National Australia Bank Limited (NAB) has been informed by AUSTRAC it has identified serious concerns with NAB’s compliance with the Anti-Money Laundering (AML) and Counter-Terrorism Financing (CTF) Act 2006 and the Anti-Money Laundering and Counter-Terrorism Financing Rules 2007.
AUSTRAC advised NAB in a letter dated 4 June, 2021, that it is AUSTRAC’s view that there is “potential serious and ongoing non-compliance” with customer identification procedures, ongoing customer due diligence and compliance with Part A of NAB’s AML/CTF Program.
These concerns have been referred to AUSTRAC’s enforcement team, which has initiated a formal enforcement investigation.
In the letter to NAB, AUSTRAC stated that it has not made any decision about whether or not enforcement action would be taken. AUSTRAC stated that, at this stage, it is not considering civil penalty proceedings and that this decision is “reflective of the work undertaken” by NAB to date.
AUSTRAC’s referral to its enforcement team follows regular engagement by NAB with AUSTRAC over a long period of time, both to report issues and keep AUSTRAC informed of progress in uplifting and strengthening the Group’s AML/CTF Program.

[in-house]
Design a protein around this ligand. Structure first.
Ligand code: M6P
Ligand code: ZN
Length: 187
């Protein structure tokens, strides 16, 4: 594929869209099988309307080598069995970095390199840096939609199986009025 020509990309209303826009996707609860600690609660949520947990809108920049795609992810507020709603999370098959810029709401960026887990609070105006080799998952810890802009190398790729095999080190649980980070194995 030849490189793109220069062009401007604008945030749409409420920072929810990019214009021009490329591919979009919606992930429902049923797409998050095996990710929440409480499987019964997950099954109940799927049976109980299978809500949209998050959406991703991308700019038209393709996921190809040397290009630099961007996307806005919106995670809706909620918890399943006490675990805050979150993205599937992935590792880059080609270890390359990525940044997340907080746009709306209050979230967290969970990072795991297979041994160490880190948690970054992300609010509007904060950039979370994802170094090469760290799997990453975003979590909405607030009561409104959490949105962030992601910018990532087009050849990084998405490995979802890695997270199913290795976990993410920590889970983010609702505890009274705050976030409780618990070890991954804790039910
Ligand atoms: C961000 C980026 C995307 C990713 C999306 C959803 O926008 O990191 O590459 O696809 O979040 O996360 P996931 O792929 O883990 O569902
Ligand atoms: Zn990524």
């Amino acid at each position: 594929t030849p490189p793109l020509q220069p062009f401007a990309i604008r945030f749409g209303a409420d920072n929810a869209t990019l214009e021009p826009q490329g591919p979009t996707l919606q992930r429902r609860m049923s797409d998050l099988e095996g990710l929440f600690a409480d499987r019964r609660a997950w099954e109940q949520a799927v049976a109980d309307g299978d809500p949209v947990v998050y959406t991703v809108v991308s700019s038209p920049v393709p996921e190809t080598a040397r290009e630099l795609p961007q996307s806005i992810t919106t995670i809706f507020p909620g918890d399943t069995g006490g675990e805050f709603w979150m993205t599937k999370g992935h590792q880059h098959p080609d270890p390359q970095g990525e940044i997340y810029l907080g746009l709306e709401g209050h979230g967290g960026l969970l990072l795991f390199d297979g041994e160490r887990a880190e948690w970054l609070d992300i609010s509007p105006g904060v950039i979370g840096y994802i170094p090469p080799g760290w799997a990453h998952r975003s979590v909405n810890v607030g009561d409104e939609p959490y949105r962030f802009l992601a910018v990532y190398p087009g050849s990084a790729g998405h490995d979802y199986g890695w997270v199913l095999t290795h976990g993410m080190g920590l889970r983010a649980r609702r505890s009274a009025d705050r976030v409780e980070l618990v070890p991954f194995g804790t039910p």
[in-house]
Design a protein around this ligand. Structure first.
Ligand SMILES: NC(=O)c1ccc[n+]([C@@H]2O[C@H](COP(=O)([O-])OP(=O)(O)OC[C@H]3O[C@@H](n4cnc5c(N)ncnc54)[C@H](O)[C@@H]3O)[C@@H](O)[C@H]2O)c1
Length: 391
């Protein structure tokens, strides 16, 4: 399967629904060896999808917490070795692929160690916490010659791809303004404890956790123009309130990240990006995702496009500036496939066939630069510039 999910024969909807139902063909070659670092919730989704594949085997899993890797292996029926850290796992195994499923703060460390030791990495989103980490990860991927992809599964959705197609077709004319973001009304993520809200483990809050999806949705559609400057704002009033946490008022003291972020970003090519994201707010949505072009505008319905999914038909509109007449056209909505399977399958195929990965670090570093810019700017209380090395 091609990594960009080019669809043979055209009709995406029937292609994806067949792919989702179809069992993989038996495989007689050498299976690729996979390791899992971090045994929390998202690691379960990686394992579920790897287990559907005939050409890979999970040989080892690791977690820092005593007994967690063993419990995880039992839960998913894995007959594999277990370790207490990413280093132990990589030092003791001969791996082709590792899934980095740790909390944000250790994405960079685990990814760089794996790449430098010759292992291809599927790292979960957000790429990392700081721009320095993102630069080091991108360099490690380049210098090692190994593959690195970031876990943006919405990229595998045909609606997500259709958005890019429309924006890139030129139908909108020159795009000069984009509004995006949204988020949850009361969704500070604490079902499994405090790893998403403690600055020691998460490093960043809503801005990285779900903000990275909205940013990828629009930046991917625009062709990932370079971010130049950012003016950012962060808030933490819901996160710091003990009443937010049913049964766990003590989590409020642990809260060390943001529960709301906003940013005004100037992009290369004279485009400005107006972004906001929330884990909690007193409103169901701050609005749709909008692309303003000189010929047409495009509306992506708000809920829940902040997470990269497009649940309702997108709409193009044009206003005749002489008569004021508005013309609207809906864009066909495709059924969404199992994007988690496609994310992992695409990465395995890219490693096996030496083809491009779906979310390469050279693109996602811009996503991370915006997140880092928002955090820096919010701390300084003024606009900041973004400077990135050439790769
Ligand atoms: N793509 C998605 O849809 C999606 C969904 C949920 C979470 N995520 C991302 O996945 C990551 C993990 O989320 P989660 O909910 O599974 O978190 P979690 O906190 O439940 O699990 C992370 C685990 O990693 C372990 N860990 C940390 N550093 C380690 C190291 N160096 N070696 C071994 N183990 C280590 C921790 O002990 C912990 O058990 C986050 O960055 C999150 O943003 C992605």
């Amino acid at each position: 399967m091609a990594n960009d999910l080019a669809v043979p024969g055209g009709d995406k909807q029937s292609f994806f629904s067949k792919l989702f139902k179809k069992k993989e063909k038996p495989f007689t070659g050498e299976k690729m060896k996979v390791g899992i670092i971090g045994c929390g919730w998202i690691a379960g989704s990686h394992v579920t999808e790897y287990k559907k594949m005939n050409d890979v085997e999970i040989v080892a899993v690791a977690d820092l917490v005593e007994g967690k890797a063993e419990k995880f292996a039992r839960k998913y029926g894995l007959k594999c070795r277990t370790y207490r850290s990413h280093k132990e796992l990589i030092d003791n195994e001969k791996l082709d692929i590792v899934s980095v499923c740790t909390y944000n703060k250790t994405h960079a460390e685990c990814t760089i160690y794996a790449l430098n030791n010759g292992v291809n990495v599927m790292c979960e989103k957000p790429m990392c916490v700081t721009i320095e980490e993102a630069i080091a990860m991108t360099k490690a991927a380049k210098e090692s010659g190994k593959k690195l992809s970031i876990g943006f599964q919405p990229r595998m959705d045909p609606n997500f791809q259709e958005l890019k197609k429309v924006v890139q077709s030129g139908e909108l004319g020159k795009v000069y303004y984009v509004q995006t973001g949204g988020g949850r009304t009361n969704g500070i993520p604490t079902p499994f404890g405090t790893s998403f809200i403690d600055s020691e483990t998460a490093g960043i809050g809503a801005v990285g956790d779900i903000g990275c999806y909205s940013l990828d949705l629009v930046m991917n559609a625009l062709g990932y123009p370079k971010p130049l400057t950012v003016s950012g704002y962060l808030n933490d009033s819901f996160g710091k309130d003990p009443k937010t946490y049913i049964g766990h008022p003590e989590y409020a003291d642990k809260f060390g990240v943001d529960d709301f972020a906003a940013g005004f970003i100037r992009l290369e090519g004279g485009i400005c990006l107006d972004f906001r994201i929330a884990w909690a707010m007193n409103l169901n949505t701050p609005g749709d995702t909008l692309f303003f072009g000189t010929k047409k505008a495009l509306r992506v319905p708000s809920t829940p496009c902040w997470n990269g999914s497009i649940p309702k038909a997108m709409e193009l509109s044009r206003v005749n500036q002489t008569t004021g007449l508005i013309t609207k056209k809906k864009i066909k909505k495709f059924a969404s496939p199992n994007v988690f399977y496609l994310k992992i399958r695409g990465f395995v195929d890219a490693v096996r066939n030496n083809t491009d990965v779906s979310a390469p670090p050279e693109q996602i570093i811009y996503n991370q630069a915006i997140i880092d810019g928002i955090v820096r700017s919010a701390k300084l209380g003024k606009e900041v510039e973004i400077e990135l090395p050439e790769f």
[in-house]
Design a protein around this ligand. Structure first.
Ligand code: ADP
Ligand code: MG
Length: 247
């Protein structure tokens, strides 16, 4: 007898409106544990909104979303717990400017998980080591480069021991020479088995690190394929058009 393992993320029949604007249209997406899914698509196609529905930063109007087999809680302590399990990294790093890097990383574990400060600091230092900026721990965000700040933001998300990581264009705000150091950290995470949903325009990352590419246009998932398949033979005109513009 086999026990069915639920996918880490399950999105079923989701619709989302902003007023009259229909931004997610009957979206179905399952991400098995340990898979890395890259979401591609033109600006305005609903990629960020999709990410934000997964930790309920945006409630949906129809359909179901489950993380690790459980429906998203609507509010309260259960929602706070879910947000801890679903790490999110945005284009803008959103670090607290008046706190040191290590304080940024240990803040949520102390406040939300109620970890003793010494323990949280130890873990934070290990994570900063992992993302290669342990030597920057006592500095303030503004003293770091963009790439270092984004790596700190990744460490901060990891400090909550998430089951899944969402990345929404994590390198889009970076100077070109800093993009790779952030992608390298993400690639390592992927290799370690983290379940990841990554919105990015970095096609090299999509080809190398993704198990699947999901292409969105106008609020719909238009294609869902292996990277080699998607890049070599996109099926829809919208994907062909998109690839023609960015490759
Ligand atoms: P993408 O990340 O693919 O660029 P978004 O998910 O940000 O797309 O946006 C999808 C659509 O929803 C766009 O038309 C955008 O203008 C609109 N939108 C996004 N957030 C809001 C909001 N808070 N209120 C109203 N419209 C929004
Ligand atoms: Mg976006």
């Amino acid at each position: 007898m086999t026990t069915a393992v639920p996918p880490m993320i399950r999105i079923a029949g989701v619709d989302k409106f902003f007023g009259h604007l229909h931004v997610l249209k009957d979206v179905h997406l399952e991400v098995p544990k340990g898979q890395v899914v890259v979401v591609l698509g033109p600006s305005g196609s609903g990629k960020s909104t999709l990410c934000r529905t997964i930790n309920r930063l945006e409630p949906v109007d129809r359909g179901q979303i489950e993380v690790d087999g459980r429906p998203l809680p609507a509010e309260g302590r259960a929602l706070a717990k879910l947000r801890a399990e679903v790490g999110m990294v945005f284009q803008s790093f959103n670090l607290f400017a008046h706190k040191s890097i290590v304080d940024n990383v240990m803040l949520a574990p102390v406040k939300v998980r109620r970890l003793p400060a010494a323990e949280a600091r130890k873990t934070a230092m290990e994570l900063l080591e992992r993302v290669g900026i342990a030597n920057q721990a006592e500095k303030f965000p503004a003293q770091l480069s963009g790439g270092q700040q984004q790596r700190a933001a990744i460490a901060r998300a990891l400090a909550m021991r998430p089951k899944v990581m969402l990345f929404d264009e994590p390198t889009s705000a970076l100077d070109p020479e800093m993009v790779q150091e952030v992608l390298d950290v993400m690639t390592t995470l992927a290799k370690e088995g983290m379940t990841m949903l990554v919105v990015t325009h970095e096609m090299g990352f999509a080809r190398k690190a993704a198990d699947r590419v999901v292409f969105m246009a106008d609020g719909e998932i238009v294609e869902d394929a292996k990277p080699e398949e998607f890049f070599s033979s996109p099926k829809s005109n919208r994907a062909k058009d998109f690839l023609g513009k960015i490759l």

NAB has disclosed the existence of AML/CTF compliance issues in various public disclosures since 2017, including most recently in NAB’s 2021 Half Year Financial Report
AUSTRAC has a wide range of enforcement options available to it, including civil penalty orders, enforceable undertakings, infringement notices and remedial directions.
NAB CEO Ross McEwan said NAB would continue to cooperate with AUSTRAC in its investigations.
“NAB takes its financial crime obligations seriously. We are very aware that we need to further improve our performance in relation to these matters. We have been working to improve and clearly have more to do,” Mr McEwan said.
“NAB has an important role in monitoring and reporting suspicious activity and keeping Australia’s financial system, our bank and our customers safe.
“It is a key priority for everyone at NAB to uplift our financial crime capabilities, minimise risk to customers and the bank, and improve operational performance. That’s why we are so focused on getting the basics right every time to protect our customers and our bank.”
Since June 2017, NAB has invested about $800 million as part of a multi-year program to uplift its financial crime and fraud controls and has more than 1,200 people dedicated to managing financial crime risks.
NAB’s ASX statement can be viewed here. This includes a copy of the letter sent by AUSTRAC.